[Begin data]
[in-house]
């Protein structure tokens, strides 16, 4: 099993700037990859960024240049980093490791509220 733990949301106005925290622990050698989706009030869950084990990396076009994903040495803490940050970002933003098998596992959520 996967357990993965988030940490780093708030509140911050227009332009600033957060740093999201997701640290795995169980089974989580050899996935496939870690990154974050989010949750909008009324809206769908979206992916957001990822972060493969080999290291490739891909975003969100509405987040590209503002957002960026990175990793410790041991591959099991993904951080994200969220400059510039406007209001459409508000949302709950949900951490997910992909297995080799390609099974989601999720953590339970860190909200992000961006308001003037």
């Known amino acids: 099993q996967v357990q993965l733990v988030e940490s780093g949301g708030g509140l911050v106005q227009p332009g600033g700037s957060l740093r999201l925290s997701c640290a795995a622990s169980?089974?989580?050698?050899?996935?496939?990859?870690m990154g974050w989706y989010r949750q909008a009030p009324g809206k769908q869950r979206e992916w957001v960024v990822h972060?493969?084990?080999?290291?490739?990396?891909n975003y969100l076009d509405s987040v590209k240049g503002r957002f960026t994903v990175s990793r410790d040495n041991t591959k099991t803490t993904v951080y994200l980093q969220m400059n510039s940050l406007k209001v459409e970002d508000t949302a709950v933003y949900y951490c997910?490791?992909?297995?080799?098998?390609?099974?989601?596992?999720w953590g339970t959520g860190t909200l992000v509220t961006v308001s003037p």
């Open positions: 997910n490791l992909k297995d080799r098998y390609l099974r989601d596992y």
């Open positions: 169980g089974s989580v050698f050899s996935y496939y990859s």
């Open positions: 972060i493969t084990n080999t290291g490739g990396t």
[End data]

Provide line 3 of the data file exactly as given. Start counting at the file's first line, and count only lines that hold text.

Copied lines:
């Known amino acids: 099993q996967v357990q993965l733990v988030e940490s780093g949301g708030g509140l911050v106005q227009p332009g600033g700037s957060l740093r999201l925290s997701c640290a795995a622990s169980?089974?989580?050698?050899?996935?496939?990859?870690m990154g974050w989706y989010r949750q909008a009030p009324g809206k769908q869950r979206e992916w957001v960024v990822h972060?493969?084990?080999?290291?490739?990396?891909n975003y969100l076009d509405s987040v590209k240049g503002r957002f960026t994903v990175s990793r410790d040495n041991t591959k099991t803490t993904v951080y994200l980093q969220m400059n510039s940050l406007k209001v459409e970002d508000t949302a709950v933003y949900y951490c997910?490791?992909?297995?080799?098998?390609?099974?989601?596992?999720w953590g339970t959520g860190t909200l992000v509220t961006v308001s003037p």